Refrigerant Replacement – How It Impacts Your Residential Air Conditioner

Refrigerant is a chemical compound used in your residential air conditioning system that absorbs the heat around it and returns it as cooled air as it moves through compressors and evaporators. 

While air conditioners have been around for decades, how they work has changed slightly over the years. Air conditioners require refrigerant, but the refrigerant as originally designed has changed. 

Looking back in time, the HVAC industry has used a variety of refrigerants to make air conditioning possible. A generation ago, R12 was commonly used to cool houses until manufacturers figured out a better, more efficient way of processing. R-12 changed to R-22, until scientists discovered the ozone depletion potential associated with using R-22 regularly. 

They went back to the drawing board, and came up with a replacement – R-410a – which had less ozone depletion potential. Ozone depletion potential – ODP – is measured by the metric ton. While R-12 was listed as 1 ODP, R-410a moved to 0.5. A move in the right direction, but with still room for improvement, they kept researching. 

Refrigerant Replacement - How It Impacts Your Residential Air Conditioner

It’s not just ODP that scientists are looking at anymore. It’s also about global warming potential. Global warming potential is measured as an effect of one unit of Co2 required to warm the earth. R-12 was listed as 2400, while R-22 moved to 1700.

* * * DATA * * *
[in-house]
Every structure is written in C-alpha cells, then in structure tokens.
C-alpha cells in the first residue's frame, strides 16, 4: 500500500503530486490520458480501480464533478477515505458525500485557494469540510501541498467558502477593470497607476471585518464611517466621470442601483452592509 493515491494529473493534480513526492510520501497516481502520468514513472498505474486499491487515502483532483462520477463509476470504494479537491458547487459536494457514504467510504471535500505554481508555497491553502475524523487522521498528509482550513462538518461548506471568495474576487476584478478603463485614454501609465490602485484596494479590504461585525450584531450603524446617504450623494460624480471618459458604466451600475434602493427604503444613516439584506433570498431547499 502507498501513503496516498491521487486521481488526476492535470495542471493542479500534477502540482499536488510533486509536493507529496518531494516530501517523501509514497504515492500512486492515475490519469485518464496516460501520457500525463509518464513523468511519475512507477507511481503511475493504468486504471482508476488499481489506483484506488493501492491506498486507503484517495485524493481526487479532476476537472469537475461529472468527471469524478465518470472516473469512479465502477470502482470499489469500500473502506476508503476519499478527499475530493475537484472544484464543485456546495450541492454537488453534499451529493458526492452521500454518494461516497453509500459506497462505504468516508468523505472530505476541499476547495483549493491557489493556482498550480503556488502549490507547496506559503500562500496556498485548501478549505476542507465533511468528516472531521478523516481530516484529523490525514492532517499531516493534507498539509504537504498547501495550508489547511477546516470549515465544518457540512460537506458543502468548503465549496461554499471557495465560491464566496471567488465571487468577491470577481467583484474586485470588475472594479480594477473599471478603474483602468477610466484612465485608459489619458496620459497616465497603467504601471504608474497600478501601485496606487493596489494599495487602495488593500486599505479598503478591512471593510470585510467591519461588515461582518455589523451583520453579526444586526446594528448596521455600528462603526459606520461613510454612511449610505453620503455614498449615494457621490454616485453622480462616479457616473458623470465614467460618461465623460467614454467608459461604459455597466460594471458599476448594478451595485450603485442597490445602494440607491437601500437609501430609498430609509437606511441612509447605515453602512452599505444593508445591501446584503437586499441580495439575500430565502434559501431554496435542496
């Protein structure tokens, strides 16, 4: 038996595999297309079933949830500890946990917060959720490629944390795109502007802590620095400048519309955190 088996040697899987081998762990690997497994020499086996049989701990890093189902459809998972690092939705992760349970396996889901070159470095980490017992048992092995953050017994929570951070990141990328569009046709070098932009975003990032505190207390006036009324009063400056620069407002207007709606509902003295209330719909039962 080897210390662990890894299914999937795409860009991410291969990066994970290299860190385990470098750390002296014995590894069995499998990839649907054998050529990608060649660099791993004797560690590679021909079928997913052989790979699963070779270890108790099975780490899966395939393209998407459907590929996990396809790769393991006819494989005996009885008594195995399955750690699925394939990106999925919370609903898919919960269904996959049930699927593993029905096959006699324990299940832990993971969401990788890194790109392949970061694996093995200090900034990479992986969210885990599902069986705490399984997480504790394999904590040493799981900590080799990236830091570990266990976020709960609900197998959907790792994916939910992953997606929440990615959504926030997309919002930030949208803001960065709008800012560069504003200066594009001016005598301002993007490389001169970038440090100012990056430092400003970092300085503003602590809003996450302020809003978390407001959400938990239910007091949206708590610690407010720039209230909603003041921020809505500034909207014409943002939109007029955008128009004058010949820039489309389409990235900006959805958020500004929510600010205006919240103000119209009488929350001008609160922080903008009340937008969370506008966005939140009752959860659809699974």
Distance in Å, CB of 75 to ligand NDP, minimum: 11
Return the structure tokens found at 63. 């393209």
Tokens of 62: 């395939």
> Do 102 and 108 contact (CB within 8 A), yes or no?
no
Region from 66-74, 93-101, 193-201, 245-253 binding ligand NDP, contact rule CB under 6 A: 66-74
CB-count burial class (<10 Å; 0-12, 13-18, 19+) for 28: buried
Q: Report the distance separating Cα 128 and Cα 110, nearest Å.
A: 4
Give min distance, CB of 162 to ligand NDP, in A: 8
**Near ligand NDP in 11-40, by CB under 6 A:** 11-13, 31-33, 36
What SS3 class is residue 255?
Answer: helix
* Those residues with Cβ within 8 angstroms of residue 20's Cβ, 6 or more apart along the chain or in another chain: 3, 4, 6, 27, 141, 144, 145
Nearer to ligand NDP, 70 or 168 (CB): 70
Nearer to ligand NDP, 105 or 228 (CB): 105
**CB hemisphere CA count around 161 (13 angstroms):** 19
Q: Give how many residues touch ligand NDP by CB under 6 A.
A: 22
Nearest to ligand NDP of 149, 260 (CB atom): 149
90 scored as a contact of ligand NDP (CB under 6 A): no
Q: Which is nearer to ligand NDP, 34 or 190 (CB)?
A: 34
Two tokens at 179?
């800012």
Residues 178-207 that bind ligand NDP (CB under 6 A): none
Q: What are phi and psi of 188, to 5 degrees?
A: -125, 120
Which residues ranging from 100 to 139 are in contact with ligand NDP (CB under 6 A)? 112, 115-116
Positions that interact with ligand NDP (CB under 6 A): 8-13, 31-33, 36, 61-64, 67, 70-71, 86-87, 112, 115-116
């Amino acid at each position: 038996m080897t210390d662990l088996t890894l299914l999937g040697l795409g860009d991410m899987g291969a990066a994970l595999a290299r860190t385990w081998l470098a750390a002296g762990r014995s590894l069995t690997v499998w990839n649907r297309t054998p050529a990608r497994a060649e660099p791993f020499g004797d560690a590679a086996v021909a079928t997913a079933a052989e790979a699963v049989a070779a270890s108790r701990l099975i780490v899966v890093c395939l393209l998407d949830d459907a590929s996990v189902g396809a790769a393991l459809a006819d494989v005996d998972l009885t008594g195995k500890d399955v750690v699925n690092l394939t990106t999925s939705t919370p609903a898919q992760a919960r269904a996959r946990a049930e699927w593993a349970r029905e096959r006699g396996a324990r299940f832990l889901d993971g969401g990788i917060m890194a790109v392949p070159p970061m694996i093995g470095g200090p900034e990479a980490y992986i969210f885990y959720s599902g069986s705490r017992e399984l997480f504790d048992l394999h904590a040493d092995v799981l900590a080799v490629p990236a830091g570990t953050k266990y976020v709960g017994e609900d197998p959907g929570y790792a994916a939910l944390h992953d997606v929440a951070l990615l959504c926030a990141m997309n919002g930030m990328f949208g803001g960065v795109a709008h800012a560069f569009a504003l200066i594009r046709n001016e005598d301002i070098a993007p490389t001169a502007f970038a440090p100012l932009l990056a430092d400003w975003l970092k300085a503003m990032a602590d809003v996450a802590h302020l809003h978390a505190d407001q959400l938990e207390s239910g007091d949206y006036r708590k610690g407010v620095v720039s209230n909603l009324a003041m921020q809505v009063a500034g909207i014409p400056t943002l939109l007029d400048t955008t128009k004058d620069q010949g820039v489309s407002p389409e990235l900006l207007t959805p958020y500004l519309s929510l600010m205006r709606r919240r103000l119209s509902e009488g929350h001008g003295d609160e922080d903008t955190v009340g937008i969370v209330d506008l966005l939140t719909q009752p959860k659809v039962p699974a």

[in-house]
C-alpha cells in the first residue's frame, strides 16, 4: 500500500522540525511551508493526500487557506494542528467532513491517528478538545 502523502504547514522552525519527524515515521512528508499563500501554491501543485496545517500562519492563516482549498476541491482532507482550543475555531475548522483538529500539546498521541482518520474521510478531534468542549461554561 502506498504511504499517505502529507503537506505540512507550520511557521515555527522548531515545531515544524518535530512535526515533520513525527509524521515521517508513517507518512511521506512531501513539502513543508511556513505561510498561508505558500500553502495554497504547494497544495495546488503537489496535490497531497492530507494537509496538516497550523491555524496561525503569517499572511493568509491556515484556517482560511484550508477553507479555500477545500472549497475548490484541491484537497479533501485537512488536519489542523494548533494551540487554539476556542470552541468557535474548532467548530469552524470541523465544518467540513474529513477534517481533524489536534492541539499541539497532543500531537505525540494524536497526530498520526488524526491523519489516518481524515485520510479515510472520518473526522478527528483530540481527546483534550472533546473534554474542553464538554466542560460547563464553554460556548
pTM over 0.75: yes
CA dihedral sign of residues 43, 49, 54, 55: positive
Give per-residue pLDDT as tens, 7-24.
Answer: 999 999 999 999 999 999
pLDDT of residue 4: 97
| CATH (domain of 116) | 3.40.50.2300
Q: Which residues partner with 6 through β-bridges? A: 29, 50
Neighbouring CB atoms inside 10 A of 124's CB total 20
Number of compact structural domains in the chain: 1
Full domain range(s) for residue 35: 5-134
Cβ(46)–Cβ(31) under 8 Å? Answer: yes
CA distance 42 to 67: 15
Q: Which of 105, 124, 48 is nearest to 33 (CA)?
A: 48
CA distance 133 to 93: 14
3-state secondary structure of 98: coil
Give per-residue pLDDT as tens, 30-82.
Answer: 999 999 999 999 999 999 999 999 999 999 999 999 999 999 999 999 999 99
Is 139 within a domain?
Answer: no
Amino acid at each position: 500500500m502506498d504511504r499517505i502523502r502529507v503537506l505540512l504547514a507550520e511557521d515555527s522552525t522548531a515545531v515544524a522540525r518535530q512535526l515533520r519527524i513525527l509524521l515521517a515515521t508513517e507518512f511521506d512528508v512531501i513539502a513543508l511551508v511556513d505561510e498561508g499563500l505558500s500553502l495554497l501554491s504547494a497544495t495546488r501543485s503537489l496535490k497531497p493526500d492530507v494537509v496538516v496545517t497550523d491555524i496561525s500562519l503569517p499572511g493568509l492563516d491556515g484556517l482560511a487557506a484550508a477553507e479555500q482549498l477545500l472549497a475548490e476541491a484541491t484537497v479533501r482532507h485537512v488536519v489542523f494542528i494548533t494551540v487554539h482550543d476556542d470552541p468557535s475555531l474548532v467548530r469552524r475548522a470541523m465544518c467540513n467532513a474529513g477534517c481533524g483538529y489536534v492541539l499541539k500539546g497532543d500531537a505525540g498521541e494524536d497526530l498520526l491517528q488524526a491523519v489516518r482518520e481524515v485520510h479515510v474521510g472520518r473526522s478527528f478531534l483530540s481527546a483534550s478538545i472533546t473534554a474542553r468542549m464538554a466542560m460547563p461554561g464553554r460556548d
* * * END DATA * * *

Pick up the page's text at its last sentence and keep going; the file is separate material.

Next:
The problem with R-410a is while it improved ODP, it increased global warming potential, with a rating of 2088. While it helped with one metric, there was still room for improvement. Which leads to the next refrigerant replacement moving into play, R-454b. 

R-454b offers pressure similar to R-410a, and requires a bit less of a charge. It will be rated at ODP 0, and lower the global warming potential to 465. 

The EPA has already approved this new refrigerant as replacement in light commercial and residential equipment starting January 1, 2023. After that date, manufacturers will no longer make equipment that takes one of the previous refrigerants, and will only create equipment with this new, more efficient refrigerant. 

Existing refrigerant chemicals will be available for replacement in existing models for several years beyond the effective date. Yet you should talk with a technician every time your older unit requires repair to determine if it’s more beneficial for you to repair your existing model, or upgrade to one more efficient. 

What other questions do you have about refrigerant replacement and how it impacts your current air conditioner? 

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